A New York Times analysis of CDC data released this week showed that, in contrast to falling death rates among black and Hispanic adults, drug overdoses are driving up the death rate of young white adults in the United States to levels not seen since the end of the AIDS epidemic more than two decades agoContinue reading “Rising death rates in young white adults due to overdoses”
Category Archives: Health Policy
On LEAN principles in medicine
Perspective from The New England Journal of Medicine — Medical Taylorism Source: http://www.nejm.org/doi/full/10.1056/NEJMp1512402
Personalized preventive medicine
Much research and media attention have focused on personalized medicine. The National Cancer Institute defines personalized medicine as “a form of medicine that uses information about a person’s genes, proteins, and environment to prevent, diagnose, and treat disease.” Although this definition includes prevention, much of the focus of personalized medicine has been on treatments, with aContinue reading “Personalized preventive medicine”
2015 Dietary Guidelines: a gallon of lobbying and a pinch of nutrition science?
New federal dietary guidelines issued last week by the Agriculture and Health and Human Services Departments, urge Americans to drastically cut back on sugar, and for the first time have singled out teenage boys and men for eating too much meat, chicken and eggs. The biggest change is restricting added sugar: Americans consume up to 22 teaspoons aContinue reading “2015 Dietary Guidelines: a gallon of lobbying and a pinch of nutrition science?”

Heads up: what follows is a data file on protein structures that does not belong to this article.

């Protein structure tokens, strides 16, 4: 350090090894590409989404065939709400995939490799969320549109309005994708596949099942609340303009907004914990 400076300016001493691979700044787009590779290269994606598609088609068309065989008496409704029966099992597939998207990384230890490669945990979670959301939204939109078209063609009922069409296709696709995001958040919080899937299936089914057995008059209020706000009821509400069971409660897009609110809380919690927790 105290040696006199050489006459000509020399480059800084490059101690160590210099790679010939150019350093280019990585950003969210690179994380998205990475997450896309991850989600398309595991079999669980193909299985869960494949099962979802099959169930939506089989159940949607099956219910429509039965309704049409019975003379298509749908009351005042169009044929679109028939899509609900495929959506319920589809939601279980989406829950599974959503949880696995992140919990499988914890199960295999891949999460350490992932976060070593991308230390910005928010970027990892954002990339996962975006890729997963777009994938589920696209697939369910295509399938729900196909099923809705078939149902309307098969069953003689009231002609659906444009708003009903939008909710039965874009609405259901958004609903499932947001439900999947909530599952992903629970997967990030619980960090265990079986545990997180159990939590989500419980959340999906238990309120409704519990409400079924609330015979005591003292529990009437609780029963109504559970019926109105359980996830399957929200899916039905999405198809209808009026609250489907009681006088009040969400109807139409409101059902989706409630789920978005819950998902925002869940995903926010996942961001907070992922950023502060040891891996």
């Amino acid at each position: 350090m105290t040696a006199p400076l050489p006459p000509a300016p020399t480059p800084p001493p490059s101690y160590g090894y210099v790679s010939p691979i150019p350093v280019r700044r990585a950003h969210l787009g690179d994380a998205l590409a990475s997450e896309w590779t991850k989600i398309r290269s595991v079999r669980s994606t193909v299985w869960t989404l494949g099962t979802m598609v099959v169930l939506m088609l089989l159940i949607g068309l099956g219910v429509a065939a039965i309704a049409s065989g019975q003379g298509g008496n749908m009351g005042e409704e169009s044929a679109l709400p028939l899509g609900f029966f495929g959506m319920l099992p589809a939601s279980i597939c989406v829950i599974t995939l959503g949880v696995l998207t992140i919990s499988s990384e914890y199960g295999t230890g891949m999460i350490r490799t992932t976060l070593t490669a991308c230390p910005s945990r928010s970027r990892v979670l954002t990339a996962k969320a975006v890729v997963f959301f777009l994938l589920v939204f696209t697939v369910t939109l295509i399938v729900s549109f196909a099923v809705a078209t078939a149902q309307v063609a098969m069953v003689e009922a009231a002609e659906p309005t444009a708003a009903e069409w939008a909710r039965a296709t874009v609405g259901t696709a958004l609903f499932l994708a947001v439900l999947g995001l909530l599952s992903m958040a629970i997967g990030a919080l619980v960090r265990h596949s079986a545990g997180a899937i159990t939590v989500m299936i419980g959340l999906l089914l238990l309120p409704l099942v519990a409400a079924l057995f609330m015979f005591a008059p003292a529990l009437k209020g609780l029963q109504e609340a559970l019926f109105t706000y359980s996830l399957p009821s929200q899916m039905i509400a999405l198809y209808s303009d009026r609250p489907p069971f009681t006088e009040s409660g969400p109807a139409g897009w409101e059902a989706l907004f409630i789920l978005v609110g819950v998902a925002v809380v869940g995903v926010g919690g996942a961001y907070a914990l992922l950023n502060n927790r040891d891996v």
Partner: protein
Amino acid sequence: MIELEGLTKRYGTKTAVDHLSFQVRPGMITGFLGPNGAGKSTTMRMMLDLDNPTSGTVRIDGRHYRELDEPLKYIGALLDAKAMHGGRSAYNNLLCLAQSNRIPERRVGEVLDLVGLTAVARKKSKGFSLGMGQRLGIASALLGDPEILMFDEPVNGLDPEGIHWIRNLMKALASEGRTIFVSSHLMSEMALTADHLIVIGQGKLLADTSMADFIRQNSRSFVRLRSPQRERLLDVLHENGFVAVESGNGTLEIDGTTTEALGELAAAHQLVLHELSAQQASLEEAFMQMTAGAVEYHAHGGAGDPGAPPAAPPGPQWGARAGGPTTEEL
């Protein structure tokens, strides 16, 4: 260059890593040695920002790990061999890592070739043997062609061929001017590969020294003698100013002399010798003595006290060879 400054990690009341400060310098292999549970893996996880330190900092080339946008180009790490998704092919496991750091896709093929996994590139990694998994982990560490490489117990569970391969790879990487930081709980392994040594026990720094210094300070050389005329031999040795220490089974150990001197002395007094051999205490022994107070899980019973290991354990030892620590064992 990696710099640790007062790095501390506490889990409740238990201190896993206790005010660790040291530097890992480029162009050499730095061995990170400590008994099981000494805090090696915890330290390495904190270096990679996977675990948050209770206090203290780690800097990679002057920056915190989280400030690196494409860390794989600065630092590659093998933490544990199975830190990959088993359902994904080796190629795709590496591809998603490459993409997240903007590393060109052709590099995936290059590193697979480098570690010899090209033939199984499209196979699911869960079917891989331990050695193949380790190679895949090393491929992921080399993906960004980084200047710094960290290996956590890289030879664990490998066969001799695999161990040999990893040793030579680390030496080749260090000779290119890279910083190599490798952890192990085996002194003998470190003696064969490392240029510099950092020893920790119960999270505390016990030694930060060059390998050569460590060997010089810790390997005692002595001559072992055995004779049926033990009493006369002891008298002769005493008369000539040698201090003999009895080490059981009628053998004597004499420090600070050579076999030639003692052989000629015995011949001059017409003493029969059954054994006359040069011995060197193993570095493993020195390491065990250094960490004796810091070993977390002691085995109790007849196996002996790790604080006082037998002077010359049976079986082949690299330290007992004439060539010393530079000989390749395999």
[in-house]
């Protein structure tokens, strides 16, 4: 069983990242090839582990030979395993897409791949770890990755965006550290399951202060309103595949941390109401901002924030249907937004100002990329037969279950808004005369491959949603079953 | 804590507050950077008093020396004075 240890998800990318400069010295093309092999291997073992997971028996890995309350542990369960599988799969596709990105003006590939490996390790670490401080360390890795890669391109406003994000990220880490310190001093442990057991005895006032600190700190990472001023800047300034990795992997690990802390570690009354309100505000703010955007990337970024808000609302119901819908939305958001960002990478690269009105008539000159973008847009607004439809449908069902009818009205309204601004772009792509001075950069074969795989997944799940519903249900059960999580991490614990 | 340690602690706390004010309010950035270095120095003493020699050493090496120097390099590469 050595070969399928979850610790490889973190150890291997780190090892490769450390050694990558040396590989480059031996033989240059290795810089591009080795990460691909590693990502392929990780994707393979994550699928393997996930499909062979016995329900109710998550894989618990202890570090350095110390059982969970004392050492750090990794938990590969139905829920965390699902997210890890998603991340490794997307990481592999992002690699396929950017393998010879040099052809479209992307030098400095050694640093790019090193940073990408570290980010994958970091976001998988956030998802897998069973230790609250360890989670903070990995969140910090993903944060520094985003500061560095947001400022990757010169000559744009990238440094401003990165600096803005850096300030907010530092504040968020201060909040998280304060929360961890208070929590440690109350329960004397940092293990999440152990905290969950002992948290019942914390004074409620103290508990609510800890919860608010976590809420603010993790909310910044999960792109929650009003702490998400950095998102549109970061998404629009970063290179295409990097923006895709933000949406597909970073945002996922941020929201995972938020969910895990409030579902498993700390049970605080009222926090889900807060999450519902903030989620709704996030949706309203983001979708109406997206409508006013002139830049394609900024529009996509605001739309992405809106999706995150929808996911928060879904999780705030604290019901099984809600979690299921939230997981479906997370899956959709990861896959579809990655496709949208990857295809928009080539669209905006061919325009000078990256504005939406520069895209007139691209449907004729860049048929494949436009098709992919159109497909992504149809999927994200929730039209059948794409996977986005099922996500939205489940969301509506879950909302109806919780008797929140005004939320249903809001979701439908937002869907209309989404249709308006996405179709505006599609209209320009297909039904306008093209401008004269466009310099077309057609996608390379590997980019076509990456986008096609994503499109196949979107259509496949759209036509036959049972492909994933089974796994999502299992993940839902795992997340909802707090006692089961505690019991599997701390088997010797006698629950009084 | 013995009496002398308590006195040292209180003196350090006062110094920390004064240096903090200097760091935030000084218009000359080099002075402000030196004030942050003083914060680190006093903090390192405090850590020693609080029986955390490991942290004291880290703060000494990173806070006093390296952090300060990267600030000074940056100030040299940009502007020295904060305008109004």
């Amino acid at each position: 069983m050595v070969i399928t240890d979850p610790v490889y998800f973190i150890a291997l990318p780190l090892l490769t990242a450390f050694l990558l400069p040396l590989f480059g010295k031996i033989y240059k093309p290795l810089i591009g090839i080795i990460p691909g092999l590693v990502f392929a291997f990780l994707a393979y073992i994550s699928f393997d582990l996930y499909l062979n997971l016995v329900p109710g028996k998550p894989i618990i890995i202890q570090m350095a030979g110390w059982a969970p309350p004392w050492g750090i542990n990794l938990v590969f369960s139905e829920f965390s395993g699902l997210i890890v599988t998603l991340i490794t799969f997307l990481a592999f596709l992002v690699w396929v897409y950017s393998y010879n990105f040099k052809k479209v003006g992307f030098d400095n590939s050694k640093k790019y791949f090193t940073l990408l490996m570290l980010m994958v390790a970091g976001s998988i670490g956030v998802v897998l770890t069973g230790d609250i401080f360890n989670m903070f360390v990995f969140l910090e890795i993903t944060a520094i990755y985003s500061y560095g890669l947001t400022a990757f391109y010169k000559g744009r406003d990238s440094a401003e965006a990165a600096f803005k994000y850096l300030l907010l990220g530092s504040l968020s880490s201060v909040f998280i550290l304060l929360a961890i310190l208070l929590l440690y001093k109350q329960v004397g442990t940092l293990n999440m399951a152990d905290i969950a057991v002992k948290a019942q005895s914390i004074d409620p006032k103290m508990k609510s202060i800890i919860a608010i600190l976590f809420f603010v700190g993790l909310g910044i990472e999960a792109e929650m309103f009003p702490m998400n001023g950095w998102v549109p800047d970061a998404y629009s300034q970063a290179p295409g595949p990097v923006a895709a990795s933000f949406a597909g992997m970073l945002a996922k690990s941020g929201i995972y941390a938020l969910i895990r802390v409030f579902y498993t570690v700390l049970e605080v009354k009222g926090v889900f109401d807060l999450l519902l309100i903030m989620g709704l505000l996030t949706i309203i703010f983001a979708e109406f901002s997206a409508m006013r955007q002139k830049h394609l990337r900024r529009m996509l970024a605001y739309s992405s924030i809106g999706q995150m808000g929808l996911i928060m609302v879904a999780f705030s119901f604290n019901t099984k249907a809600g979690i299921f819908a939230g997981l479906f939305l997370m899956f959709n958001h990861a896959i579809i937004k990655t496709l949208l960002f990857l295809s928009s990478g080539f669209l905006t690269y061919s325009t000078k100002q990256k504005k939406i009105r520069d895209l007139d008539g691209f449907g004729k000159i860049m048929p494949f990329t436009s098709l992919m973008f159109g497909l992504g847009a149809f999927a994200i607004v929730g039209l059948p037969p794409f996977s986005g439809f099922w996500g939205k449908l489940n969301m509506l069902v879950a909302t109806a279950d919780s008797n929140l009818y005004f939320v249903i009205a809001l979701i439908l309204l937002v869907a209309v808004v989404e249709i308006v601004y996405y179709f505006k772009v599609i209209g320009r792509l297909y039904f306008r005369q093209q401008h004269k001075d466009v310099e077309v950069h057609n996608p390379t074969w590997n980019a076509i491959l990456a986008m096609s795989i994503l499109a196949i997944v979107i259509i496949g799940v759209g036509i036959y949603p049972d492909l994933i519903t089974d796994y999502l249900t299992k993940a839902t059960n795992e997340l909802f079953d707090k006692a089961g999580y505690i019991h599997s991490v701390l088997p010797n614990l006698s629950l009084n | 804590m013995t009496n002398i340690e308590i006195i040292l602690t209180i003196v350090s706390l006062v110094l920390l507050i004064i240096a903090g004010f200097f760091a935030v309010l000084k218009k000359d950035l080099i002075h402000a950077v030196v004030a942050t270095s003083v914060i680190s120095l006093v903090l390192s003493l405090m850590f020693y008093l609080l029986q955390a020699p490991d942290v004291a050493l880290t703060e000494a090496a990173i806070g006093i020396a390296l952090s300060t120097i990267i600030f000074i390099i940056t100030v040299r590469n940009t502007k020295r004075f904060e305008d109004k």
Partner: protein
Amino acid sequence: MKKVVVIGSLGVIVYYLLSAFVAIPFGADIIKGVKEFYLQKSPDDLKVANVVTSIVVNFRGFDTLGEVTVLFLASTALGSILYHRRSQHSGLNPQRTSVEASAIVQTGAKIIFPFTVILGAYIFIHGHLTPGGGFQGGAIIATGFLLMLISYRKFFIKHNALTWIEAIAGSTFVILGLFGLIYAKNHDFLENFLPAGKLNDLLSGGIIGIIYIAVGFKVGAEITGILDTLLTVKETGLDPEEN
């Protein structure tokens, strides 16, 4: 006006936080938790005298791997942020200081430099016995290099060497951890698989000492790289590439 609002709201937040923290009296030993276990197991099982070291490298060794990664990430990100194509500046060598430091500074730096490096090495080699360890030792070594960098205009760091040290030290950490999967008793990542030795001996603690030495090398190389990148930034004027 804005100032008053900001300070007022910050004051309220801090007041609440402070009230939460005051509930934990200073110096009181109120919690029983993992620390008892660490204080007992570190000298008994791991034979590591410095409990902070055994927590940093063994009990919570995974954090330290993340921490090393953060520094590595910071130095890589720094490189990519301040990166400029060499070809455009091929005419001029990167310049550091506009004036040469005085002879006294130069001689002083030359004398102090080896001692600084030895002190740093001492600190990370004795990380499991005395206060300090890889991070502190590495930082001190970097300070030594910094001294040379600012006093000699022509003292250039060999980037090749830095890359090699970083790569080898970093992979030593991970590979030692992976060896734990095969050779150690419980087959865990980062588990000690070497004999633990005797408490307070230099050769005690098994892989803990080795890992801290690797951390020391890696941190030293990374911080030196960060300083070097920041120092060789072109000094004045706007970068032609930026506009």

Times Square and Influenza
On this New Year’s Eve, I wanted to share this factoid from the CDC on the benefits of influenza vaccination in the 2014-15 flu season. As you see the nearly one million people counting down to 2016 in Times Square, remember that the flu vaccine prevents that many people from needing medical visits in oneContinue reading “Times Square and Influenza”
As a pediatric emergency medicine provider in a state with a high proportions of vaccine-refusers, I often treat vaccine-preventable infections. This week was no exception, with one of the cases particularly severe. A New York Times piece reminds us that vaccine refusal is most prevalent in white, higher income regions. The lowering of herd immunityContinue reading “Vaccine-preventable illness”
Straight, No Chaser In The News: Corporate Medical Schools?
An interesting perspective on Kaiser’s announcement this week that it is opening its own medical school, and the media’s reaction thereto. : Straight, No Chaser In The News: Corporate Medical Schools?
What are your top health stories of 2015?
Today’s post is a question: what is the most important health story of 2015? What was the most important health news this year for the health of people in our country, or worldwide? Closer to home, what was most important news for you in how you promote your own health, that of family members, or thatContinue reading “What are your top health stories of 2015?”
Patient choice in management of acute appendicitis
In an article in JAMA Surgery this week, the authors show not only that it is safe (and perhaps safer) to treat uncomplicated appendicitis nonoperatively but also that letting parents choose the treatment option for their child is an effective strategy. The question of safety has been addressed in prior adult and pediatric trials, leading toContinue reading “Patient choice in management of acute appendicitis”
Reflecting on the Epidemic of Unnecessary Medical Care
Earlier this year, Atul Gawande published a New Yorker piece called “Overkill: An avalanche of unnecessary medical care is harming patients physically and financially. What can we do about it?” He cites medical evidence that millions of Americans get tests, drugs, and operations that won’t make them better, may cause harm, and cost billions. As an emergencyContinue reading “Reflecting on the Epidemic of Unnecessary Medical Care”